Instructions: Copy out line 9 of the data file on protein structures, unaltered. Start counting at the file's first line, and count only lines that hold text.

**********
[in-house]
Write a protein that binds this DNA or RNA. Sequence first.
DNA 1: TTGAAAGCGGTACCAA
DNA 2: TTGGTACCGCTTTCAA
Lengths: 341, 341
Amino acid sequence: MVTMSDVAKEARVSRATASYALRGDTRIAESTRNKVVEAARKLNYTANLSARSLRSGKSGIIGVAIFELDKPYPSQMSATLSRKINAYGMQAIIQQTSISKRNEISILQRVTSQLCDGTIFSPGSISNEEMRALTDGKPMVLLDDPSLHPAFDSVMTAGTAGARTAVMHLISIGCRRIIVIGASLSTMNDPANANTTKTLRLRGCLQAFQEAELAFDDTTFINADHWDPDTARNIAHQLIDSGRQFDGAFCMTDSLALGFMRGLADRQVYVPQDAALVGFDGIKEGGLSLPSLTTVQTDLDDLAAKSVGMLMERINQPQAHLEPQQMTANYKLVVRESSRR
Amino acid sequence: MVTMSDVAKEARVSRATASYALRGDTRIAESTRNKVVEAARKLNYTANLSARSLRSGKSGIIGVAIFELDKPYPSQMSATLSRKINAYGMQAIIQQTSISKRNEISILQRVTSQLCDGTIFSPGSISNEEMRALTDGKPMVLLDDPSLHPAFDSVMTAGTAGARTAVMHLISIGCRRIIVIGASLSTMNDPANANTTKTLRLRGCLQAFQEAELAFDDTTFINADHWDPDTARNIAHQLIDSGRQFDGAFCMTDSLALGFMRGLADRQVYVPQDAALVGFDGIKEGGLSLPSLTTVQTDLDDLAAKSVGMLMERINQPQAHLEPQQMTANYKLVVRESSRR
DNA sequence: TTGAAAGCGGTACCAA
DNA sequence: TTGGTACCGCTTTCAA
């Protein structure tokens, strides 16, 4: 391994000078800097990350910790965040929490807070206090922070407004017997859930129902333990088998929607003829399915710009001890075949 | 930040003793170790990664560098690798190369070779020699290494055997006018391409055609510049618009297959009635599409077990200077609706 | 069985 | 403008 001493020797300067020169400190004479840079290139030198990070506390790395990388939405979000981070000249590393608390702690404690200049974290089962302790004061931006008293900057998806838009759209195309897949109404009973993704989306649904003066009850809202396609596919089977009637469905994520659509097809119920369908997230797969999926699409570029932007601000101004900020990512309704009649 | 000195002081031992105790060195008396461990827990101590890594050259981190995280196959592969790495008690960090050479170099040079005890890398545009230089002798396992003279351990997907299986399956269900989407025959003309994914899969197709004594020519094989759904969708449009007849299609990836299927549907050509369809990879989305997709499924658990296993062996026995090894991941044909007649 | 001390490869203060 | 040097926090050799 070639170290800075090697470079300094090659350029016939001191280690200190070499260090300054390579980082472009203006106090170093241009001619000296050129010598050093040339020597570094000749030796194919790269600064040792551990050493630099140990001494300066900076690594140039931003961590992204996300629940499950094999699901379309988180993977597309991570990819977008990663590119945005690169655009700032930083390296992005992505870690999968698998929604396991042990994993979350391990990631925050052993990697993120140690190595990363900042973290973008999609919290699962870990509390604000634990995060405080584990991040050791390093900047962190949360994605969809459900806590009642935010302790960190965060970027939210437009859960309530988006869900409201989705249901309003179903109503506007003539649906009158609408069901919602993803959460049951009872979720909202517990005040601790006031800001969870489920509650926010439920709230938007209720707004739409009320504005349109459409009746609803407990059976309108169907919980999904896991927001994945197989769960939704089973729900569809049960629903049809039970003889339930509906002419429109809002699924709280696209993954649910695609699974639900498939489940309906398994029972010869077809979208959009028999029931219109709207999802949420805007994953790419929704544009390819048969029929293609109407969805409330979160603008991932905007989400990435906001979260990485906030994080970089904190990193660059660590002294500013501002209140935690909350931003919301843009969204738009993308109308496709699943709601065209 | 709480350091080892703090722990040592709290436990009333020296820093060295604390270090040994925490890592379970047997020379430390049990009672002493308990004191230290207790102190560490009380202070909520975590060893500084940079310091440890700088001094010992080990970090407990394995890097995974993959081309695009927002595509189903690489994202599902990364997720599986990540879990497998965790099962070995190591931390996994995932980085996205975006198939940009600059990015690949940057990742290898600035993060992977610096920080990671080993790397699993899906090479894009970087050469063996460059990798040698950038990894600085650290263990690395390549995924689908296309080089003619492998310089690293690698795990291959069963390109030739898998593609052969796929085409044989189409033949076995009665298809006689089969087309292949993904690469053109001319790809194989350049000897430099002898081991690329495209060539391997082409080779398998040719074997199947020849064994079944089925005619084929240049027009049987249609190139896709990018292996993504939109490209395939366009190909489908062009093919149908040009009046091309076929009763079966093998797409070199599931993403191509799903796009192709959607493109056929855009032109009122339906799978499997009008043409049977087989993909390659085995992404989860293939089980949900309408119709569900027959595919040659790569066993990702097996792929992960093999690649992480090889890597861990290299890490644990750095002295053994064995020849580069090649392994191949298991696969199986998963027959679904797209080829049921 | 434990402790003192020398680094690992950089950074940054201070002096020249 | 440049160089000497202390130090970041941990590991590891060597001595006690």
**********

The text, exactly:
DNA sequence: TTGGTACCGCTTTCAA